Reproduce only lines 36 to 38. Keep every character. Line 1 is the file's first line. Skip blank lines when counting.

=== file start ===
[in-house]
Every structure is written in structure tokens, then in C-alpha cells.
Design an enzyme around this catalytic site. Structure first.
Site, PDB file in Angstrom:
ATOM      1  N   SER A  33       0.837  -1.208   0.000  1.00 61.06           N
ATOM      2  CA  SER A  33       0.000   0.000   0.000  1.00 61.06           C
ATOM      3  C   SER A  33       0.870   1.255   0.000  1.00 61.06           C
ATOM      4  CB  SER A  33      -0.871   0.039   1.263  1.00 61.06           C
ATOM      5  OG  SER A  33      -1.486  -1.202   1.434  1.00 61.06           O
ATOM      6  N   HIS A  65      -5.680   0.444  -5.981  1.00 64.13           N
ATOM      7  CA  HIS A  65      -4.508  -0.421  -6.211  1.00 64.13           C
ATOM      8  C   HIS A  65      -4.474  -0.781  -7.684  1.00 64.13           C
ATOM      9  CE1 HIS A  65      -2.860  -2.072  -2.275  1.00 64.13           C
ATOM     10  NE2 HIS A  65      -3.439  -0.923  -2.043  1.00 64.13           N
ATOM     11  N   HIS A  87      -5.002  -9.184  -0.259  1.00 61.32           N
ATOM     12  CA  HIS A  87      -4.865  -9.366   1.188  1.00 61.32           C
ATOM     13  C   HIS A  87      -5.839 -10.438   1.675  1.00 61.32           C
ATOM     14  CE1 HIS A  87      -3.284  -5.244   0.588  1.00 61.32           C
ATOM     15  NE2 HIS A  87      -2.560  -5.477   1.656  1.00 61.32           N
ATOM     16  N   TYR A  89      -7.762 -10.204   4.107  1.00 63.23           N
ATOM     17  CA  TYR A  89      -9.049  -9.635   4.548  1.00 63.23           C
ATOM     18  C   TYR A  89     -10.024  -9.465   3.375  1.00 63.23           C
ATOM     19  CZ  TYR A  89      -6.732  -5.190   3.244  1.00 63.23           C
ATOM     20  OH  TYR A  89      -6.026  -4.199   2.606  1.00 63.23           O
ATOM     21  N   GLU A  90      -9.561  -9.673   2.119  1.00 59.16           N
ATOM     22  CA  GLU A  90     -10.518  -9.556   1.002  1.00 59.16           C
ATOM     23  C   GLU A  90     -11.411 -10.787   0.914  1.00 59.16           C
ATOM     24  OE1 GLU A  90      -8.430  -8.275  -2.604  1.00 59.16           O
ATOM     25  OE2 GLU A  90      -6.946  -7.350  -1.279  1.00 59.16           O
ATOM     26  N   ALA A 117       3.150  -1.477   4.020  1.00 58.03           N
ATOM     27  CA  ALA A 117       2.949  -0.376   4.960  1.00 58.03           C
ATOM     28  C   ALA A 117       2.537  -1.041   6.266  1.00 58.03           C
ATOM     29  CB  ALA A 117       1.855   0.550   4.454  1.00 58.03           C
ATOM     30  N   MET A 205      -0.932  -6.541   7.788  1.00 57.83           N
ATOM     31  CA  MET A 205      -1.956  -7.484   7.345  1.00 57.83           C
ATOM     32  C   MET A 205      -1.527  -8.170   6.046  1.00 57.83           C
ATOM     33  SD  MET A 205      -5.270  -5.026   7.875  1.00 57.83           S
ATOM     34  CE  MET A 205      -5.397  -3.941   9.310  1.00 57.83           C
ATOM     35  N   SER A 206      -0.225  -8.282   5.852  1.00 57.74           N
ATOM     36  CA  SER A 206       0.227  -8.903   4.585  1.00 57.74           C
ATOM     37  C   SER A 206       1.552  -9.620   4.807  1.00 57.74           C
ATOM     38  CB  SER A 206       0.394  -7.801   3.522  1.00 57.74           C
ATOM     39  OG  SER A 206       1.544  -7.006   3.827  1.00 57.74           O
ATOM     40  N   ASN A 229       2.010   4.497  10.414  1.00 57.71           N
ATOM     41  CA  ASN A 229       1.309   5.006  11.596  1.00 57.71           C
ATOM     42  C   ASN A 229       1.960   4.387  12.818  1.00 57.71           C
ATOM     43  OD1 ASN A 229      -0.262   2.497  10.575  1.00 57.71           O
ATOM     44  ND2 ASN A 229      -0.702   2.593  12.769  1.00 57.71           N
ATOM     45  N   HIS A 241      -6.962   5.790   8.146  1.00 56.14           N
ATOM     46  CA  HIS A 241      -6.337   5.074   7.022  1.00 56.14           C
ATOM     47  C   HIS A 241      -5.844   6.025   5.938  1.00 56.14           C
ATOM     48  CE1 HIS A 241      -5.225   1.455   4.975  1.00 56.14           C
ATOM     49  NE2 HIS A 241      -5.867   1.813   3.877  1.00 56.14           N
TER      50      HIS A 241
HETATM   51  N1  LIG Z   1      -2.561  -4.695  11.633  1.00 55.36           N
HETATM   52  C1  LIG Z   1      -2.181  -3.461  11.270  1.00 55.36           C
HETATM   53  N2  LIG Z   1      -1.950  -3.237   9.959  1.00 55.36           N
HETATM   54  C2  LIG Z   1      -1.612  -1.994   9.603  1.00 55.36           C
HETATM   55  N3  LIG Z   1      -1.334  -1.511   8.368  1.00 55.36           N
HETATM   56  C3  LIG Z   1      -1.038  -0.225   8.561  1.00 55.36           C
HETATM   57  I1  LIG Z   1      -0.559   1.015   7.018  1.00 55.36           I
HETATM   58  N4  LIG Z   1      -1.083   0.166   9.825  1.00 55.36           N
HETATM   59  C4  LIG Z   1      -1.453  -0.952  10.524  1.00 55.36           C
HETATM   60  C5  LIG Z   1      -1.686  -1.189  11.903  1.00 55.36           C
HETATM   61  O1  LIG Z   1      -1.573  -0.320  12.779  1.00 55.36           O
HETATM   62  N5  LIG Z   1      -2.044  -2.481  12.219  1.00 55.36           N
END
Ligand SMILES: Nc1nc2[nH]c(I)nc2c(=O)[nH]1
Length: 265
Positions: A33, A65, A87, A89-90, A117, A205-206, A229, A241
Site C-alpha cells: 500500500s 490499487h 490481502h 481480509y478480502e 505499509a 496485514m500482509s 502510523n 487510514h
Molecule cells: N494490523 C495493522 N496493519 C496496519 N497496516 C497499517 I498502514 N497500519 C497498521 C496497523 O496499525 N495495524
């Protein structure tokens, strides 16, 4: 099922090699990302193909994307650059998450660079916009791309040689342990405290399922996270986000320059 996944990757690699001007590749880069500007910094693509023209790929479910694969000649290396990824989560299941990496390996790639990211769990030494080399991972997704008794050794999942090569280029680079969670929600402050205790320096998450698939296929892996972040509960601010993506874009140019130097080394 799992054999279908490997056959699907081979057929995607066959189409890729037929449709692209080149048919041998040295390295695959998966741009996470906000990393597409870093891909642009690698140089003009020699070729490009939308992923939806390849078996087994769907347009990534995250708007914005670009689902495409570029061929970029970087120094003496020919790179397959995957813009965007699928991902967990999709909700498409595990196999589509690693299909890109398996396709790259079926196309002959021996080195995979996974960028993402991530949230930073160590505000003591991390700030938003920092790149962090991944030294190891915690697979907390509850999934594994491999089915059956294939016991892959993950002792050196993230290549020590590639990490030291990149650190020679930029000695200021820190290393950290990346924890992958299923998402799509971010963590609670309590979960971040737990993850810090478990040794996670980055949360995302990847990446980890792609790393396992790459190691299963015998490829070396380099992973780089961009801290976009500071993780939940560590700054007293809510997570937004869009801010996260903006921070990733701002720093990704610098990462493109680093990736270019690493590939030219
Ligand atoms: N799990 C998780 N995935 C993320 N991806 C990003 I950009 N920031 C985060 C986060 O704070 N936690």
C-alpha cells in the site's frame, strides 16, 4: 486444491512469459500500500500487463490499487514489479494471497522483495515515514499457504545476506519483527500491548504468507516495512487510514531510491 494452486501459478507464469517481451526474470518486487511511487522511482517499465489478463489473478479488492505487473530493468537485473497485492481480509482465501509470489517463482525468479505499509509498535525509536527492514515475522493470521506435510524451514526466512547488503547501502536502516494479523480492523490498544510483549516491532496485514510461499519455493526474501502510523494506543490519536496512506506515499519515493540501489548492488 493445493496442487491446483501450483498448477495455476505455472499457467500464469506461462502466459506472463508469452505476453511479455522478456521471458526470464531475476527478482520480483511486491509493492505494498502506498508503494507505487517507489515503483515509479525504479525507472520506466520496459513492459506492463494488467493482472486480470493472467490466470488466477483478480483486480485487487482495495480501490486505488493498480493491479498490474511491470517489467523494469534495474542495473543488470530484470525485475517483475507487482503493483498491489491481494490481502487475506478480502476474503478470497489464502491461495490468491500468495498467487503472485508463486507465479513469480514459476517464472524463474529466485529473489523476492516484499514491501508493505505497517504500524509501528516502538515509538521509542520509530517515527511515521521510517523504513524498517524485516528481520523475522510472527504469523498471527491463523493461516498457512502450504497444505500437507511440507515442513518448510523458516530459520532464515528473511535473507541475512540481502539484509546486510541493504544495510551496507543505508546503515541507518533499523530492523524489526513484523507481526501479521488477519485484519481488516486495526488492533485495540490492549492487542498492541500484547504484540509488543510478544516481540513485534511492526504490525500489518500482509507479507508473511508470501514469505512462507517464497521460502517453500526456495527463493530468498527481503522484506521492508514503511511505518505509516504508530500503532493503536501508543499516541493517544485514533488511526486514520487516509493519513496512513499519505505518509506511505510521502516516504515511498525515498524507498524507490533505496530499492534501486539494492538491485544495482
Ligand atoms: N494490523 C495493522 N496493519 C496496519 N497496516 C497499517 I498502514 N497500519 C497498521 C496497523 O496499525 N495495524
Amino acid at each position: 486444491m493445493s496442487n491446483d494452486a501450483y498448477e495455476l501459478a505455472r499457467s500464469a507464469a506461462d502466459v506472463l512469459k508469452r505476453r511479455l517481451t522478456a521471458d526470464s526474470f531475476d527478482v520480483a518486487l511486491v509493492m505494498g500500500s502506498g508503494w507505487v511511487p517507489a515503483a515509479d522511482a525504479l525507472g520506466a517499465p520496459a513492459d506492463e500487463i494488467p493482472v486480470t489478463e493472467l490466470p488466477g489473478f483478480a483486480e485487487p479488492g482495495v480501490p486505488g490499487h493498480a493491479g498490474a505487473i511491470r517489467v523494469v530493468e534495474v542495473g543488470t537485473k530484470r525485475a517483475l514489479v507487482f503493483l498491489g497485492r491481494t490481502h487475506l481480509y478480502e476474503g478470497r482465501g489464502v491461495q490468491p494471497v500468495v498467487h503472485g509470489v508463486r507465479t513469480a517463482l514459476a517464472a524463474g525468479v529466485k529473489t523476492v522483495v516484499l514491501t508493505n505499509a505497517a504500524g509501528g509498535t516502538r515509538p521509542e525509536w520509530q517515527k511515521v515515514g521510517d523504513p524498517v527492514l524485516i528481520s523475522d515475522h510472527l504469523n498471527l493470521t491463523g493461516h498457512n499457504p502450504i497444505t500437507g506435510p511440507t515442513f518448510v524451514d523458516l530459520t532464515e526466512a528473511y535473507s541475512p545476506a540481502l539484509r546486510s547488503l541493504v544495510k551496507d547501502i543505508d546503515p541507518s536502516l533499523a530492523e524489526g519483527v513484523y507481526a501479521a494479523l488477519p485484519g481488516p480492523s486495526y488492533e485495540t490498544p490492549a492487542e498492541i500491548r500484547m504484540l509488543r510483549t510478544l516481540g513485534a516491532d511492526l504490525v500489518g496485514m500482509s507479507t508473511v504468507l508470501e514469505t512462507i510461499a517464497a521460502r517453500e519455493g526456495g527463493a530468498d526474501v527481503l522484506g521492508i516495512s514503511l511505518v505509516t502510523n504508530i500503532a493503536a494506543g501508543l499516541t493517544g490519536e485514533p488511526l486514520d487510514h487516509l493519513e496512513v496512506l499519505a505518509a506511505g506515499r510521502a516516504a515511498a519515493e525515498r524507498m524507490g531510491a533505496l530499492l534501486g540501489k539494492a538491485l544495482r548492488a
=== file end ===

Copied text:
ATOM     32  C   MET A 205      -1.527  -8.170   6.046  1.00 57.83           C
ATOM     33  SD  MET A 205      -5.270  -5.026   7.875  1.00 57.83           S
ATOM     34  CE  MET A 205      -5.397  -3.941   9.310  1.00 57.83           C